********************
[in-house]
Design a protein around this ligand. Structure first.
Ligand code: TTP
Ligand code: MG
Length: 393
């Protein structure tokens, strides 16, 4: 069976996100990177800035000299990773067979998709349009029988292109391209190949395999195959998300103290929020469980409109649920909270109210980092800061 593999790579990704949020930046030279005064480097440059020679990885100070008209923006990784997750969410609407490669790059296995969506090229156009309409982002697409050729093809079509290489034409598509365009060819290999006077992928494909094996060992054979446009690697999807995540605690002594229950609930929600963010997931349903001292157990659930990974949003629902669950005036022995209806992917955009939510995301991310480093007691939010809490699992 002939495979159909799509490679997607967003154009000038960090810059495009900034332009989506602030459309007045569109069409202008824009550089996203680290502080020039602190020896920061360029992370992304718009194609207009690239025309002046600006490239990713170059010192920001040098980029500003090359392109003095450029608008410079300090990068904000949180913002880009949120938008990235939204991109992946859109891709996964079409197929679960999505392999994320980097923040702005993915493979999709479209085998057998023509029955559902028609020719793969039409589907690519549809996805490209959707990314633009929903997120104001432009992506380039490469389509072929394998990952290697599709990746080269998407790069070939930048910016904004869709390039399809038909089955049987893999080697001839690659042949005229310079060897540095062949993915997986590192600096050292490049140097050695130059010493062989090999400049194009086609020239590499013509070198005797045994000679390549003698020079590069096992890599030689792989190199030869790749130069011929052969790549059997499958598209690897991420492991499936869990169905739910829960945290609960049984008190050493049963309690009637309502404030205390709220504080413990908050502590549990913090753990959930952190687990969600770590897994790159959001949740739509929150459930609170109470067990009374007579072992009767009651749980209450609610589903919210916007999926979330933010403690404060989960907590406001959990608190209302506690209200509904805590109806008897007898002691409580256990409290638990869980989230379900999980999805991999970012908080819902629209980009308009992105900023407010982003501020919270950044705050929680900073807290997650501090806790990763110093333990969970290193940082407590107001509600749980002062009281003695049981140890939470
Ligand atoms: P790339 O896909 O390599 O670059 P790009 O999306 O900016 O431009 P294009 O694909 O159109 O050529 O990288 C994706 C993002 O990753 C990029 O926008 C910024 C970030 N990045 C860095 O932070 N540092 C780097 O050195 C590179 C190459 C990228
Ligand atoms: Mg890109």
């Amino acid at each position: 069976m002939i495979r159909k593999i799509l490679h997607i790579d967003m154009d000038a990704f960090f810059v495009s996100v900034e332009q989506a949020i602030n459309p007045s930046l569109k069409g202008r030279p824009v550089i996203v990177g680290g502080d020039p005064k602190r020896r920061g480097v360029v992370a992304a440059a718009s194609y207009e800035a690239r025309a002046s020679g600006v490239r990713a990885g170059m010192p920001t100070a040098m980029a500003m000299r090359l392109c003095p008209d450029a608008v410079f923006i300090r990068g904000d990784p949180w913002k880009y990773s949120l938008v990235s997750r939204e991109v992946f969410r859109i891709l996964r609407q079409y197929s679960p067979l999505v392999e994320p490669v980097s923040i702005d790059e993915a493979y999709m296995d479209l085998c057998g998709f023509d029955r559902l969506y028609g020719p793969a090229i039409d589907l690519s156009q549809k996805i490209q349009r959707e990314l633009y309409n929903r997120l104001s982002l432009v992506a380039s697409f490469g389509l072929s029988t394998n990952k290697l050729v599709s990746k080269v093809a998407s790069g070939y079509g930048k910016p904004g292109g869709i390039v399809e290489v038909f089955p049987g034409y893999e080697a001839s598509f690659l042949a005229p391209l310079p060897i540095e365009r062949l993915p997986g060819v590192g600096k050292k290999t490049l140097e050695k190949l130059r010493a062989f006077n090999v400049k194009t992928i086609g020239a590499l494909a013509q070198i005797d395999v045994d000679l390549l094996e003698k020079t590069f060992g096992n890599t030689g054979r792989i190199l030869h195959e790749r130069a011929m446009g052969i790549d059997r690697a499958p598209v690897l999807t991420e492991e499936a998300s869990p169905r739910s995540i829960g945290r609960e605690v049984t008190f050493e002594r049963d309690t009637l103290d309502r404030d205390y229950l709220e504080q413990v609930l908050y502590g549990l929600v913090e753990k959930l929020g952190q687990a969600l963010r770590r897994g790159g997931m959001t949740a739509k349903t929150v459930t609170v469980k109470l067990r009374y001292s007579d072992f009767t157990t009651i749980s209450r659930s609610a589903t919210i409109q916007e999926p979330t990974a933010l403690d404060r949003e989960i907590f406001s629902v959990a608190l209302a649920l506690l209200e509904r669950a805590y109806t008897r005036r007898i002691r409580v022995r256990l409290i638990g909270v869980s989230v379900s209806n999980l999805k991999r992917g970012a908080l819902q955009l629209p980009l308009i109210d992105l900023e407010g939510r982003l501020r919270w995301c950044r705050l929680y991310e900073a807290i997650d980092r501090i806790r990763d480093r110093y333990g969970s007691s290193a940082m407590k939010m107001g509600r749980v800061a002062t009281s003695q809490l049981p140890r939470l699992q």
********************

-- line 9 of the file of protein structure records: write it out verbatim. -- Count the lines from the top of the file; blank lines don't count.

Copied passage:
């Amino acid at each position: 069976m002939i495979r159909k593999i799509l490679h997607i790579d967003m154009d000038a990704f960090f810059v495009s996100v900034e332009q989506a949020i602030n459309p007045s930046l569109k069409g202008r030279p824009v550089i996203v990177g680290g502080d020039p005064k602190r020896r920061g480097v360029v992370a992304a440059a718009s194609y207009e800035a690239r025309a002046s020679g600006v490239r990713a990885g170059m010192p920001t100070a040098m980029a500003m000299r090359l392109c003095p008209d450029a608008v410079f923006i300090r990068g904000d990784p949180w913002k880009y990773s949120l938008v990235s997750r939204e991109v992946f969410r859109i891709l996964r609407q079409y197929s679960p067979l999505v392999e994320p490669v980097s923040i702005d790059e993915a493979y999709m296995d479209l085998c057998g998709f023509d029955r559902l969506y028609g020719p793969a090229i039409d589907l690519s156009q549809k996805i490209q349009r959707e990314l633009y309409n929903r997120l104001s982002l432009v992506a380039s697409f490469g389509l072929s029988t394998n990952k290697l050729v599709s990746k080269v093809a998407s790069g070939y079509g930048k910016p904004g292109g869709i390039v399809e290489v038909f089955p049987g034409y893999e080697a001839s598509f690659l042949a005229p391209l310079p060897i540095e365009r062949l993915p997986g060819v590192g600096k050292k290999t490049l140097e050695k190949l130059r010493a062989f006077n090999v400049k194009t992928i086609g020239a590499l494909a013509q070198i005797d395999v045994d000679l390549l094996e003698k020079t590069f060992g096992n890599t030689g054979r792989i190199l030869h195959e790749r130069a011929m446009g052969i790549d059997r690697a499958p598209v690897l999807t991420e492991e499936a998300s869990p169905r739910s995540i829960g945290r609960e605690v049984t008190f050493e002594r049963d309690t009637l103290d309502r404030d205390y229950l709220e504080q413990v609930l908050y502590g549990l929600v913090e753990k959930l929020g952190q687990a969600l963010r770590r897994g790159g997931m959001t949740a739509k349903t929150v459930t609170v469980k109470l067990r009374y001292s007579d072992f009767t157990t009651i749980s209450r659930s609610a589903t919210i409109q916007e999926p979330t990974a933010l403690d404060r949003e989960i907590f406001s629902v959990a608190l209302a649920l506690l209200e509904r669950a805590y109806t008897r005036r007898i002691r409580v022995r256990l409290i638990g909270v869980s989230v379900s209806n999980l999805k991999r992917g970012a908080l819902q955009l629209p980009l308009i109210d992105l900023e407010g939510r982003l501020r919270w995301c950044r705050l929680y991310e900073a807290i997650d980092r501090i806790r990763d480093r110093y333990g969970s007691s290193a940082m407590k939010m107001g509600r749980v800061a002062t009281s003695q809490l049981p140890r939470l699992q």